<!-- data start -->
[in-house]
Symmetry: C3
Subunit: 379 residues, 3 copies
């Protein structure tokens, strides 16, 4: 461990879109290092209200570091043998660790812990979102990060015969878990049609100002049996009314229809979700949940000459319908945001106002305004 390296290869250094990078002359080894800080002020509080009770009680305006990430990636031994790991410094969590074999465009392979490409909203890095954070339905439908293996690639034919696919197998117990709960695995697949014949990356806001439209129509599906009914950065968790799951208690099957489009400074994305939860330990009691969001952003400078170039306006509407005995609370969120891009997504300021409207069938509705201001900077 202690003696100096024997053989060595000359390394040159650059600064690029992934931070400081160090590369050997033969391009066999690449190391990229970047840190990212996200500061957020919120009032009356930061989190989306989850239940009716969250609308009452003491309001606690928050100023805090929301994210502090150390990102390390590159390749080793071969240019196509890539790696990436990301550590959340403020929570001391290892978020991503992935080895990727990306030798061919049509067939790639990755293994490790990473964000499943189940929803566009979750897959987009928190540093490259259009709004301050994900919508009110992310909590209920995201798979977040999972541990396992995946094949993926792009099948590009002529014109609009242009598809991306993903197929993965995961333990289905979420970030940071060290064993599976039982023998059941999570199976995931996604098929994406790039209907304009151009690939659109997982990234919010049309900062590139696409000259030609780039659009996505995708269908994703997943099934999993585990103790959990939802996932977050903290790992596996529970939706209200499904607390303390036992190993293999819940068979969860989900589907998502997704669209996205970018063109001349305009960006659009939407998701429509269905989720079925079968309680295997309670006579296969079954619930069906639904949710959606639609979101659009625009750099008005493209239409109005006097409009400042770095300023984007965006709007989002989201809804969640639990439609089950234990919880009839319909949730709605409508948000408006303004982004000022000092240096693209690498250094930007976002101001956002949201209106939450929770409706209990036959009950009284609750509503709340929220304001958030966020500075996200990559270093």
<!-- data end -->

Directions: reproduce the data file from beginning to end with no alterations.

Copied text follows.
[in-house]
Symmetry: C3
Subunit: 379 residues, 3 copies
């Protein structure tokens, strides 16, 4: 461990879109290092209200570091043998660790812990979102990060015969878990049609100002049996009314229809979700949940000459319908945001106002305004 390296290869250094990078002359080894800080002020509080009770009680305006990430990636031994790991410094969590074999465009392979490409909203890095954070339905439908293996690639034919696919197998117990709960695995697949014949990356806001439209129509599906009914950065968790799951208690099957489009400074994305939860330990009691969001952003400078170039306006509407005995609370969120891009997504300021409207069938509705201001900077 202690003696100096024997053989060595000359390394040159650059600064690029992934931070400081160090590369050997033969391009066999690449190391990229970047840190990212996200500061957020919120009032009356930061989190989306989850239940009716969250609308009452003491309001606690928050100023805090929301994210502090150390990102390390590159390749080793071969240019196509890539790696990436990301550590959340403020929570001391290892978020991503992935080895990727990306030798061919049509067939790639990755293994490790990473964000499943189940929803566009979750897959987009928190540093490259259009709004301050994900919508009110992310909590209920995201798979977040999972541990396992995946094949993926792009099948590009002529014109609009242009598809991306993903197929993965995961333990289905979420970030940071060290064993599976039982023998059941999570199976995931996604098929994406790039209907304009151009690939659109997982990234919010049309900062590139696409000259030609780039659009996505995708269908994703997943099934999993585990103790959990939802996932977050903290790992596996529970939706209200499904607390303390036992190993293999819940068979969860989900589907998502997704669209996205970018063109001349305009960006659009939407998701429509269905989720079925079968309680295997309670006579296969079954619930069906639904949710959606639609979101659009625009750099008005493209239409109005006097409009400042770095300023984007965006709007989002989201809804969640639990439609089950234990919880009839319909949730709605409508948000408006303004982004000022000092240096693209690498250094930007976002101001956002949201209106939450929770409706209990036959009950009284609750509503709340929220304001958030966020500075996200990559270093």